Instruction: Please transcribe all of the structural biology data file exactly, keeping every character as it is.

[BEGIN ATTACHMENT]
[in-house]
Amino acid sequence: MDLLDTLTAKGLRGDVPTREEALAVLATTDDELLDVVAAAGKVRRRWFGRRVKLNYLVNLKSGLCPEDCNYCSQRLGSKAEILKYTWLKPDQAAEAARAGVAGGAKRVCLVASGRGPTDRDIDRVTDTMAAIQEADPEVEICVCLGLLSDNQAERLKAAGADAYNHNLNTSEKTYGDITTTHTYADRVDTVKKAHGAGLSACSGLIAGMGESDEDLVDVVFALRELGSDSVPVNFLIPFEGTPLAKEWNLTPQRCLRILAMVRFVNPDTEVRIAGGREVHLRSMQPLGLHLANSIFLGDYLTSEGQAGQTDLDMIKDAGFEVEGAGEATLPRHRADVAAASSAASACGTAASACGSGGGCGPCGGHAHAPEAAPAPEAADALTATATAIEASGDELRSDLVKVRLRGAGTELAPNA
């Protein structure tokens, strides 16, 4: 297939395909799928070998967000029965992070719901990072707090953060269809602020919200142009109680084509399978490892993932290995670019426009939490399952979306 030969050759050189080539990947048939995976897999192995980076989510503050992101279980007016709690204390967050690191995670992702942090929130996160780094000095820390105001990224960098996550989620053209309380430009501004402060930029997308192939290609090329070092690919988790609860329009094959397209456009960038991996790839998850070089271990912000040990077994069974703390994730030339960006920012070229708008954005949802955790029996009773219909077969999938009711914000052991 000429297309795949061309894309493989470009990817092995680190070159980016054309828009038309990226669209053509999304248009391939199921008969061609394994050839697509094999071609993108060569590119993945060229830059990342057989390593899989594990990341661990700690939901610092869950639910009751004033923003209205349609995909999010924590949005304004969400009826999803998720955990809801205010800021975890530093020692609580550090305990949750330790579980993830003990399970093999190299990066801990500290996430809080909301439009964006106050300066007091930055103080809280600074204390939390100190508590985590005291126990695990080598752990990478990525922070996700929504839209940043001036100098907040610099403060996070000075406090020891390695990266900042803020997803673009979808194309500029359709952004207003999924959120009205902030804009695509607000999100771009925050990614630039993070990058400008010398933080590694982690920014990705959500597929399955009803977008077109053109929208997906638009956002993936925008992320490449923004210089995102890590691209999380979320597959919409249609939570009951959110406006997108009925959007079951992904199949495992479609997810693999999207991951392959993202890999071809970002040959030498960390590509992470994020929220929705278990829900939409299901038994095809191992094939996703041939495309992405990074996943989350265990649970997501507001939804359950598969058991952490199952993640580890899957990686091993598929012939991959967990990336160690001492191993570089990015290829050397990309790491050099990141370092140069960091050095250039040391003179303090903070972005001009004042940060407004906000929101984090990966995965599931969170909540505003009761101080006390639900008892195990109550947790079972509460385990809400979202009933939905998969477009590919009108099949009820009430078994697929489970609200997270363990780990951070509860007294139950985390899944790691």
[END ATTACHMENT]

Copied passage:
[in-house]
Amino acid sequence: MDLLDTLTAKGLRGDVPTREEALAVLATTDDELLDVVAAAGKVRRRWFGRRVKLNYLVNLKSGLCPEDCNYCSQRLGSKAEILKYTWLKPDQAAEAARAGVAGGAKRVCLVASGRGPTDRDIDRVTDTMAAIQEADPEVEICVCLGLLSDNQAERLKAAGADAYNHNLNTSEKTYGDITTTHTYADRVDTVKKAHGAGLSACSGLIAGMGESDEDLVDVVFALRELGSDSVPVNFLIPFEGTPLAKEWNLTPQRCLRILAMVRFVNPDTEVRIAGGREVHLRSMQPLGLHLANSIFLGDYLTSEGQAGQTDLDMIKDAGFEVEGAGEATLPRHRADVAAASSAASACGTAASACGSGGGCGPCGGHAHAPEAAPAPEAADALTATATAIEASGDELRSDLVKVRLRGAGTELAPNA
């Protein structure tokens, strides 16, 4: 297939395909799928070998967000029965992070719901990072707090953060269809602020919200142009109680084509399978490892993932290995670019426009939490399952979306 030969050759050189080539990947048939995976897999192995980076989510503050992101279980007016709690204390967050690191995670992702942090929130996160780094000095820390105001990224960098996550989620053209309380430009501004402060930029997308192939290609090329070092690919988790609860329009094959397209456009960038991996790839998850070089271990912000040990077994069974703390994730030339960006920012070229708008954005949802955790029996009773219909077969999938009711914000052991 000429297309795949061309894309493989470009990817092995680190070159980016054309828009038309990226669209053509999304248009391939199921008969061609394994050839697509094999071609993108060569590119993945060229830059990342057989390593899989594990990341661990700690939901610092869950639910009751004033923003209205349609995909999010924590949005304004969400009826999803998720955990809801205010800021975890530093020692609580550090305990949750330790579980993830003990399970093999190299990066801990500290996430809080909301439009964006106050300066007091930055103080809280600074204390939390100190508590985590005291126990695990080598752990990478990525922070996700929504839209940043001036100098907040610099403060996070000075406090020891390695990266900042803020997803673009979808194309500029359709952004207003999924959120009205902030804009695509607000999100771009925050990614630039993070990058400008010398933080590694982690920014990705959500597929399955009803977008077109053109929208997906638009956002993936925008992320490449923004210089995102890590691209999380979320597959919409249609939570009951959110406006997108009925959007079951992904199949495992479609997810693999999207991951392959993202890999071809970002040959030498960390590509992470994020929220929705278990829900939409299901038994095809191992094939996703041939495309992405990074996943989350265990649970997501507001939804359950598969058991952490199952993640580890899957990686091993598929012939991959967990990336160690001492191993570089990015290829050397990309790491050099990141370092140069960091050095250039040391003179303090903070972005001009004042940060407004906000929101984090990966995965599931969170909540505003009761101080006390639900008892195990109550947790079972509460385990809400979202009933939905998969477009590919009108099949009820009430078994697929489970609200997270363990780990951070509860007294139950985390899944790691």